COVID-19 has impacted and infected farmworkers at enormous rates. It is very prevalent among agricultural workers, with an infection rate of 1,410 positive cases out of 100,000 compared to the rate in all other industries, which is 455 positive cases out of 100,000. This vast difference is mostly due to both working and living conditions that make it nearly impossible to maintain physical difference from others. Over 70 percent of the Monterey and Salinas regions’ agricultural workers live in crowded or extremely crowded residences. Many of these residences would be classified as unsanitary, lack basic utilities and are in isolated areas far from important services like hospitals or grocery stores.
Additionally, those on H-2A visas accept employer-provided housing and face variable and close-quarter conditions. These employers often provide housing situations that are not up to health and safety standards. Some migrant workers describe their experience being crammed into motels, with multiple men crowded into single rooms. Some shared beds, while some slept on the floor or the bathtub. “We were stacked on each other,” one migrant worker said.
Those not on visas struggle to find private housing. In California, farmworkers’ low wage will not get them much, often forcing them to accept less-than-acceptable conditions. Many even turn to living in their cars or outside wherever they can set up camp. Agricultural worker Romulo Muñoz Vasquez from San Diego County said, “There isn’t enough money to pay rent, food, transportation and still have money left to send to Mexico. I figured any spot under a tree would do.” This sponsorship and employer-provided housing program seem to be the biggest issue surrounding labor exploitation in this field, forcing employees to accept dangerous conditions for their survival.
These living conditions, as well as the close working conditions, have led to heightened COVID-19 rates. As essential workers, they do not stop working due to COVID-19, and when they are infected, many fear missing work due to possible repercussions such as not being able to pay their rent or their employer’s reaction. Additionally, even if they are sick, they typically do not receive health insurance from their employer and likely do not seek medical care out of fear of possible costs. These conditions, along with possible pre-existing medical conditions from working in the fields, make the impact of COVID-19 especially worrisome for these workers.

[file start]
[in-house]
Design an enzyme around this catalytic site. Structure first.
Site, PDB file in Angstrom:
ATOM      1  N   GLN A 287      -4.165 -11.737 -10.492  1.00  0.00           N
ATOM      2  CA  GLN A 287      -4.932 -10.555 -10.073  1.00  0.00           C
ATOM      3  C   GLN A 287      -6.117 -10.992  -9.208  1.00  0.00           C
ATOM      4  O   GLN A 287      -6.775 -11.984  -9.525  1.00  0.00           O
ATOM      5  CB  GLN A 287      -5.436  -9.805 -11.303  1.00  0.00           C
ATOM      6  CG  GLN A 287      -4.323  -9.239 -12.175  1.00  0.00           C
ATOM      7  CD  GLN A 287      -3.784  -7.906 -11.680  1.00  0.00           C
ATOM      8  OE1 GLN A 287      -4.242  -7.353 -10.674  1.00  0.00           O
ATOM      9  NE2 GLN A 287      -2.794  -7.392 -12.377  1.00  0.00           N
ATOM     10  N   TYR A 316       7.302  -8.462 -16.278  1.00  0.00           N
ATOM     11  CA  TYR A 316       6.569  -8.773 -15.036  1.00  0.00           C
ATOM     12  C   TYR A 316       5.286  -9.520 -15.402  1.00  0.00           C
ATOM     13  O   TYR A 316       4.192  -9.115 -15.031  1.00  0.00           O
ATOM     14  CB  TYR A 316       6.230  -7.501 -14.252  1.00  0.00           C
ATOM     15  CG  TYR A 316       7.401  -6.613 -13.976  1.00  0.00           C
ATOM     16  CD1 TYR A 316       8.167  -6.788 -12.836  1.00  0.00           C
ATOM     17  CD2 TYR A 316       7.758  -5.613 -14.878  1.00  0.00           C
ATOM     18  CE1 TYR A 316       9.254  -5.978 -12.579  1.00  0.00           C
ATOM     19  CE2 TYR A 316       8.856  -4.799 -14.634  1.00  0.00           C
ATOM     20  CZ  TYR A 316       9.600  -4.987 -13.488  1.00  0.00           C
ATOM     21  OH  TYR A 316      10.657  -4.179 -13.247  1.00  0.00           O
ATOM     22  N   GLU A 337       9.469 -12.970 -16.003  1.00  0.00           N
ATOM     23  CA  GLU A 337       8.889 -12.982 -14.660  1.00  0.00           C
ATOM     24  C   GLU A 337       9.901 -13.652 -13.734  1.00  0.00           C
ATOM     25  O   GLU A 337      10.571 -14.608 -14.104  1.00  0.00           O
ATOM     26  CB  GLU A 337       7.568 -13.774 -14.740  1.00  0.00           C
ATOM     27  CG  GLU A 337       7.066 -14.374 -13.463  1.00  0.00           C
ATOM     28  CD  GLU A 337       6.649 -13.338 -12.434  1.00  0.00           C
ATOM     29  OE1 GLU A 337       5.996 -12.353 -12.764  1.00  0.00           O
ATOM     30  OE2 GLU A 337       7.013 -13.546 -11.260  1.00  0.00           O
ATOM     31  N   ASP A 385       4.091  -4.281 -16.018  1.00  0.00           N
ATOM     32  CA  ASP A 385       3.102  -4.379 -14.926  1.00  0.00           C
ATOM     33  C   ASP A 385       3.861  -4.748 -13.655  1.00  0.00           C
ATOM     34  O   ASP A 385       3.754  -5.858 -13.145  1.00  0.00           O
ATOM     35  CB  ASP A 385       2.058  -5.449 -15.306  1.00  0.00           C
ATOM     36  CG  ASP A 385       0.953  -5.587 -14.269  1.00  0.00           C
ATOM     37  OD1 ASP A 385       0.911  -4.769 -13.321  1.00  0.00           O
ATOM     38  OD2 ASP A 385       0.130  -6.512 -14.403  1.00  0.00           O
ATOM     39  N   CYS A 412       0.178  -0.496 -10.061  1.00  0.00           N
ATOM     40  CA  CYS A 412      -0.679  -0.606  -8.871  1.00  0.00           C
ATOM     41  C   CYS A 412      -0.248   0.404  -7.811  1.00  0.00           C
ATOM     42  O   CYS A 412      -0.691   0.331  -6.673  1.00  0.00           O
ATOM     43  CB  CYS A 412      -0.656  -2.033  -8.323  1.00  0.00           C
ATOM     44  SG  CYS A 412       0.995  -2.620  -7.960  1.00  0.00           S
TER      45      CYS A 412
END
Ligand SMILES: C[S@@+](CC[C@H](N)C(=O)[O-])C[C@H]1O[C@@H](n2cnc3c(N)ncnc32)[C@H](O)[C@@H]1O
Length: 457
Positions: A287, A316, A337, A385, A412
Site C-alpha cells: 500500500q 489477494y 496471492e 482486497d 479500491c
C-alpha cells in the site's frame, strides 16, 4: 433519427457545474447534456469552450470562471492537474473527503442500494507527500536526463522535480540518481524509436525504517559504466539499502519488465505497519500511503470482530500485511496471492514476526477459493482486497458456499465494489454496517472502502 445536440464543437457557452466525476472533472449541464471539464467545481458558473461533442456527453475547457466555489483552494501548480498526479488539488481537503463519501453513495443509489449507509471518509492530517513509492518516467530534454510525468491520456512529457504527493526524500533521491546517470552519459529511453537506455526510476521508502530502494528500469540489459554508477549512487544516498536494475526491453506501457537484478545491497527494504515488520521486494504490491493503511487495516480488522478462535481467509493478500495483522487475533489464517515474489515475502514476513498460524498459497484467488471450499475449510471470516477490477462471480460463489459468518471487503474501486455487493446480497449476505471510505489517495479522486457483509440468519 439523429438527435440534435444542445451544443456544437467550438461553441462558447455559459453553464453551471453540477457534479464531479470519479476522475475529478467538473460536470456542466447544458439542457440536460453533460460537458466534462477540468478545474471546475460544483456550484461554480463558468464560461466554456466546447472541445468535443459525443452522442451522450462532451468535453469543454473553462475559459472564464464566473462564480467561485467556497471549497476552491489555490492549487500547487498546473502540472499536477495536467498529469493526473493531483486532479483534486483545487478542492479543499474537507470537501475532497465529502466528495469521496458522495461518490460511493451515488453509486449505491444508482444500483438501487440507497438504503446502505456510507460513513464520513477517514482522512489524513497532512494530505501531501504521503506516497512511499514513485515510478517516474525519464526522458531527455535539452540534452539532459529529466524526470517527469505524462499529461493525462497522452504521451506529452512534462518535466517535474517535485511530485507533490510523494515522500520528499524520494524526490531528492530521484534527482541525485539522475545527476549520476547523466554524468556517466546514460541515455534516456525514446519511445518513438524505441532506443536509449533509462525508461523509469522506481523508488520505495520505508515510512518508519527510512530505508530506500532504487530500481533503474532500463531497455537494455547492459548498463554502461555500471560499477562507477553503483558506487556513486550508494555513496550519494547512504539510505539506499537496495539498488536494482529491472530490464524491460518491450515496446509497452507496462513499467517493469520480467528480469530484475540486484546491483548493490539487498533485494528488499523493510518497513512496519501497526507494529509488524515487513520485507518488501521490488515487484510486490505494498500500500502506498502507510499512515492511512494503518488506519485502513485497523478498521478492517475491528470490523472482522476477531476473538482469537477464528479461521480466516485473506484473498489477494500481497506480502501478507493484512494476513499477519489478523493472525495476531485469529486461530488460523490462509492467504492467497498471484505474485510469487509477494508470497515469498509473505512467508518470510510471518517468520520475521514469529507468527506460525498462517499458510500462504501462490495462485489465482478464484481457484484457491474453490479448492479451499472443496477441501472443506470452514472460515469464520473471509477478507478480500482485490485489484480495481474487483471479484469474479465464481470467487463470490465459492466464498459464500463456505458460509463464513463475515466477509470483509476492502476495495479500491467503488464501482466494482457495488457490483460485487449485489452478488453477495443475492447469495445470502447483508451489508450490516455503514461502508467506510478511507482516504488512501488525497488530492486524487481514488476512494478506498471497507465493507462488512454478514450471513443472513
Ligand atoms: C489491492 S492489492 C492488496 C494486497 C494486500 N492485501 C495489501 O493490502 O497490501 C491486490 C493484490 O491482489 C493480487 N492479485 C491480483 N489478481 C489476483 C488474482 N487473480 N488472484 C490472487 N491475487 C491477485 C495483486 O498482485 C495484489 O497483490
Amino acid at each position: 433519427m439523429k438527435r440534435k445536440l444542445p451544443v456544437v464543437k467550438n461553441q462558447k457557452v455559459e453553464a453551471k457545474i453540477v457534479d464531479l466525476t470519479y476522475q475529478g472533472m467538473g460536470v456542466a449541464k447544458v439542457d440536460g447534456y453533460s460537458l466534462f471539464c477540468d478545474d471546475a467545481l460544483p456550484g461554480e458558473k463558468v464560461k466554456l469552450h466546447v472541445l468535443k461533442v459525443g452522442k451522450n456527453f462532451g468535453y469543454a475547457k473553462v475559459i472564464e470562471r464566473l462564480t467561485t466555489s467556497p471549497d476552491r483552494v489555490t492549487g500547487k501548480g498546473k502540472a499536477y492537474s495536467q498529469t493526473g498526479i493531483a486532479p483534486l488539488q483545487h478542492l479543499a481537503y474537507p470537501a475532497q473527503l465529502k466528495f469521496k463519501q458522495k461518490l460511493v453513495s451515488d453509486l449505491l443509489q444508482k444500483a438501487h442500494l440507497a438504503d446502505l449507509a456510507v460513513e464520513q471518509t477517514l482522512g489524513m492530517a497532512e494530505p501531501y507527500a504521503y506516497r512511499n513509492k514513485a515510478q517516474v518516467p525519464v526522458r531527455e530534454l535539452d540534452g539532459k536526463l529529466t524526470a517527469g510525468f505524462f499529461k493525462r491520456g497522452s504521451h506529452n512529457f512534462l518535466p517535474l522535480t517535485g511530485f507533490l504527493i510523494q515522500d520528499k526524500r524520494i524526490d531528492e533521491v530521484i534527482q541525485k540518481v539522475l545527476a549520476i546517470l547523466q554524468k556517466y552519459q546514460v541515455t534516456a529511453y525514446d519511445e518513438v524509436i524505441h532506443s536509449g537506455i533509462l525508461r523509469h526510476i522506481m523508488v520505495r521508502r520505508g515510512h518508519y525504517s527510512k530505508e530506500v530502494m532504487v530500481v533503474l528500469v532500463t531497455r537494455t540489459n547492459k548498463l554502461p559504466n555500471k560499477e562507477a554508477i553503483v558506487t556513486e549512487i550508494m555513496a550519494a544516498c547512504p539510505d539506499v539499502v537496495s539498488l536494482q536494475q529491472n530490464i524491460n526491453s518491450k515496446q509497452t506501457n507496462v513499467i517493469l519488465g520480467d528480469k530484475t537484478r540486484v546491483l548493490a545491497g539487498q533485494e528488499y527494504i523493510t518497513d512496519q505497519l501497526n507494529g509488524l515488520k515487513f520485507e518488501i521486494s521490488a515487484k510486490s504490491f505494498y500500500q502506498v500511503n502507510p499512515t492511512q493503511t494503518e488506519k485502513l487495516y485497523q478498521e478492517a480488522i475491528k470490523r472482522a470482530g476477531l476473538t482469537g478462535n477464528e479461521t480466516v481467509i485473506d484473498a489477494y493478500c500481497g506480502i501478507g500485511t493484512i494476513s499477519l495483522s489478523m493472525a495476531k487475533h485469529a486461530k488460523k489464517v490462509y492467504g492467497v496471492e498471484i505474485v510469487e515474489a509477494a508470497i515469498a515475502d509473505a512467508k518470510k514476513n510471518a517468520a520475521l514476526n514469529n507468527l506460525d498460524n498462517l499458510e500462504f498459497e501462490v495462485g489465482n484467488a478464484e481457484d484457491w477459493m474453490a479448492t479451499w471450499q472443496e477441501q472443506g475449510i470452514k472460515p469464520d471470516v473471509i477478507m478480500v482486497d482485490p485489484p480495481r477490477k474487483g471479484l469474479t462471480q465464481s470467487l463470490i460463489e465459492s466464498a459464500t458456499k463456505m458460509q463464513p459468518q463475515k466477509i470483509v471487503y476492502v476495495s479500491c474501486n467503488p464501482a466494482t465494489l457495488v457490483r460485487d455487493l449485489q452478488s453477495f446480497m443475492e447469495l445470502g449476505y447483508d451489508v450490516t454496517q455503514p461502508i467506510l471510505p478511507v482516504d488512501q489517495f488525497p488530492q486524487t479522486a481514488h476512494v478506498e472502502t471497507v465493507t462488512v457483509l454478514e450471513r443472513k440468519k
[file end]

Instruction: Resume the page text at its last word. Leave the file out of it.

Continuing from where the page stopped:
The COVID-19 pandemic is not the only crisis farmworkers are currently faced with. The effects of climate change in California have also begun to visibly affect agricultural laborers.
Agricultural hotspots have faced, and will continue to see, increasing temperatures. Currently, the average agricultural worker experiences 21 days a year where the daily heat index surpasses workplace safety standards. Research shows that these unsafe work days will almost double by 2050, with an expected change to 39 unsafe days. Heat stress has already been a major issue for farmworkers, and it is only getting worse every year due to climate change. Excessive heat exposure leads to dangerous health conditions, such as heat exhaustion, heat stroke, dehydration or skin cancer. Among farmworkers, heat stroke is the leading cause of death. Without adequate protections, farmworkers are put at more risk every year of these illnesses.
In California, we have begun to see the devastating climate effects that have led to increasingly disastrous fires every year. These fires begin to show us what farmworkers future conditions may look like if no action or protections are put forth. Farmworkers must work outside, and dangerous air conditions will only further impact their health; not to mention, many are already breathing-compromised due to pesticide exposure as previously mentioned.